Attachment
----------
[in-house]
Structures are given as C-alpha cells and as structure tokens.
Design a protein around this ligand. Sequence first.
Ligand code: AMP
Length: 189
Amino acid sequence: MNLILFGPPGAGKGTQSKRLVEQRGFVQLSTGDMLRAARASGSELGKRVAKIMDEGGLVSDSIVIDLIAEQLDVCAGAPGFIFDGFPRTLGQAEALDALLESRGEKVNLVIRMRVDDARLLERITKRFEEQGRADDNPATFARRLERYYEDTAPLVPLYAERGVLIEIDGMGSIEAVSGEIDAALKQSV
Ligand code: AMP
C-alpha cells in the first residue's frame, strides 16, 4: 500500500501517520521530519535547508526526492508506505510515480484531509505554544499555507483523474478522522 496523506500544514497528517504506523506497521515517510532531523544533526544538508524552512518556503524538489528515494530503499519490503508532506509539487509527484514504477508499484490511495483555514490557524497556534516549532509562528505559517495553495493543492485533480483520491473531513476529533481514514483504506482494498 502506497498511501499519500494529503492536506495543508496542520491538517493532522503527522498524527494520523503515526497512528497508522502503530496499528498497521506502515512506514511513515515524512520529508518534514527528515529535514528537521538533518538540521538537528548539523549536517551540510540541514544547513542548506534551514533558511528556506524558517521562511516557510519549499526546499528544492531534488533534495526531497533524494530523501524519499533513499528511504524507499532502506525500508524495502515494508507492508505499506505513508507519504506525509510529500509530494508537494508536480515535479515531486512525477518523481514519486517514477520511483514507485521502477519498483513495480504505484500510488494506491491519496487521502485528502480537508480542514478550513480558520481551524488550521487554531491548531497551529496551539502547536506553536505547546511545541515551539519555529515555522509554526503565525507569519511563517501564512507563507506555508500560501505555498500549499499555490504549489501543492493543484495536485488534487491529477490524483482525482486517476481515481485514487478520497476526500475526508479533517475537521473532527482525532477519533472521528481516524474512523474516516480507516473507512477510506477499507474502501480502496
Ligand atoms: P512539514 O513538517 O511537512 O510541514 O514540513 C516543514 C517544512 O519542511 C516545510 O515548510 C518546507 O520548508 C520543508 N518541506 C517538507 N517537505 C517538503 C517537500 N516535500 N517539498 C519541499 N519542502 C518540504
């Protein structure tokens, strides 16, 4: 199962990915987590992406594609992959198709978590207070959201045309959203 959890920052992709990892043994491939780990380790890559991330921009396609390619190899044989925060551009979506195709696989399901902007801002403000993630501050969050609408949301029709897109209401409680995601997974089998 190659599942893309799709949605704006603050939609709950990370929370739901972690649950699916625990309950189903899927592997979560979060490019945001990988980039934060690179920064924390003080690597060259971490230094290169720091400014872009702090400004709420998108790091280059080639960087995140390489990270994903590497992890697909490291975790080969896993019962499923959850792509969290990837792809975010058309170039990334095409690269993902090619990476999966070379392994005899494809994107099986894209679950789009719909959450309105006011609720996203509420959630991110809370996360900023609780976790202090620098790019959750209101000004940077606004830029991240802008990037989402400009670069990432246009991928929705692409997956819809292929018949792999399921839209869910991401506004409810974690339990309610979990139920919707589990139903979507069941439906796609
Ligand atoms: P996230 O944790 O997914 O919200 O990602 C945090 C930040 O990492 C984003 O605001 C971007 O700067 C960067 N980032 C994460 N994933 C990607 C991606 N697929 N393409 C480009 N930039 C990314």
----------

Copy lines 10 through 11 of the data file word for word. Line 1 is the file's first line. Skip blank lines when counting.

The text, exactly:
């Protein structure tokens, strides 16, 4: 199962990915987590992406594609992959198709978590207070959201045309959203 959890920052992709990892043994491939780990380790890559991330921009396609390619190899044989925060551009979506195709696989399901902007801002403000993630501050969050609408949301029709897109209401409680995601997974089998 190659599942893309799709949605704006603050939609709950990370929370739901972690649950699916625990309950189903899927592997979560979060490019945001990988980039934060690179920064924390003080690597060259971490230094290169720091400014872009702090400004709420998108790091280059080639960087995140390489990270994903590497992890697909490291975790080969896993019962499923959850792509969290990837792809975010058309170039990334095409690269993902090619990476999966070379392994005899494809994107099986894209679950789009719909959450309105006011609720996203509420959630991110809370996360900023609780976790202090620098790019959750209101000004940077606004830029991240802008990037989402400009670069990432246009991928929705692409997956819809292929018949792999399921839209869910991401506004409810974690339990309610979990139920919707589990139903979507069941439906796609
Ligand atoms: P996230 O944790 O997914 O919200 O990602 C945090 C930040 O990492 C984003 O605001 C971007 O700067 C960067 N980032 C994460 N994933 C990607 C991606 N697929 N393409 C480009 N930039 C990314």